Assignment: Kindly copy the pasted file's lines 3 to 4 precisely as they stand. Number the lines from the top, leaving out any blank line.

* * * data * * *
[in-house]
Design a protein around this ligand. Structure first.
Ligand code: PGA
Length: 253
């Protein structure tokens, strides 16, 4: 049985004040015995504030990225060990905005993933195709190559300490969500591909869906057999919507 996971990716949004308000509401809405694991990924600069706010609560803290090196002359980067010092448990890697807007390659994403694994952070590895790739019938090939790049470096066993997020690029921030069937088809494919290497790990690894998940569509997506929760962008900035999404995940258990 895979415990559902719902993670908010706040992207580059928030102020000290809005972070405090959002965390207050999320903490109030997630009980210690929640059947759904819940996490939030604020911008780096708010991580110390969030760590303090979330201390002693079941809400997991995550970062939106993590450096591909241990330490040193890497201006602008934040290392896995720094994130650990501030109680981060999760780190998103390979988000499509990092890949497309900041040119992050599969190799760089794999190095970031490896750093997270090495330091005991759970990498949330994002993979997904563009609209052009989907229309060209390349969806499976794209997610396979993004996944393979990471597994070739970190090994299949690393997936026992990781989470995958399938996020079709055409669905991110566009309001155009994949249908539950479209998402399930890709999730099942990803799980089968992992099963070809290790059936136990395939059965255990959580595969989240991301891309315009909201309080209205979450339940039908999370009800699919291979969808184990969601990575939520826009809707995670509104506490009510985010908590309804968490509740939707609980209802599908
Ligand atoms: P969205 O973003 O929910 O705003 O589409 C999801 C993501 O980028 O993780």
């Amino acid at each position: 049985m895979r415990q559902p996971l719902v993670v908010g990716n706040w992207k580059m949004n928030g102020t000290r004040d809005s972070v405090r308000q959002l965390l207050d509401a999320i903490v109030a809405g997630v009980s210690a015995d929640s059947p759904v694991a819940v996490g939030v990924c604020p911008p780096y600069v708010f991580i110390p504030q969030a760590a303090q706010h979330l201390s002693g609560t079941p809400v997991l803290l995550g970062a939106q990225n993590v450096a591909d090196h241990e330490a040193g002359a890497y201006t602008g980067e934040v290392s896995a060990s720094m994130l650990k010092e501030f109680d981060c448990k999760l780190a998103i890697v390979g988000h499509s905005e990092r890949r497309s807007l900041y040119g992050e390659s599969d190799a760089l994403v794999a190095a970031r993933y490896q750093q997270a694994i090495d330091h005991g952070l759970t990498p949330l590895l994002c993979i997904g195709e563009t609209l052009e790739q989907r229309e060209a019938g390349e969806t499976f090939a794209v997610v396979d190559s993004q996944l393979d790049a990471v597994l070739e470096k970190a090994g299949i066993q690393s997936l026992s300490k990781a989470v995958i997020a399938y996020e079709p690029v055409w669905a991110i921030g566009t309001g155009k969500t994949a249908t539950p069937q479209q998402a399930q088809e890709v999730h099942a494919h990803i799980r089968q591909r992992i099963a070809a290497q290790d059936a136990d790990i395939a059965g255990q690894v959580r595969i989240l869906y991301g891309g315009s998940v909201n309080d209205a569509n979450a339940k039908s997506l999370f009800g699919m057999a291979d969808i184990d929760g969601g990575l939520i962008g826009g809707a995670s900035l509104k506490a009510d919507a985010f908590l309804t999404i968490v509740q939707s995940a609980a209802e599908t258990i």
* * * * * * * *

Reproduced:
Ligand code: PGA
Length: 253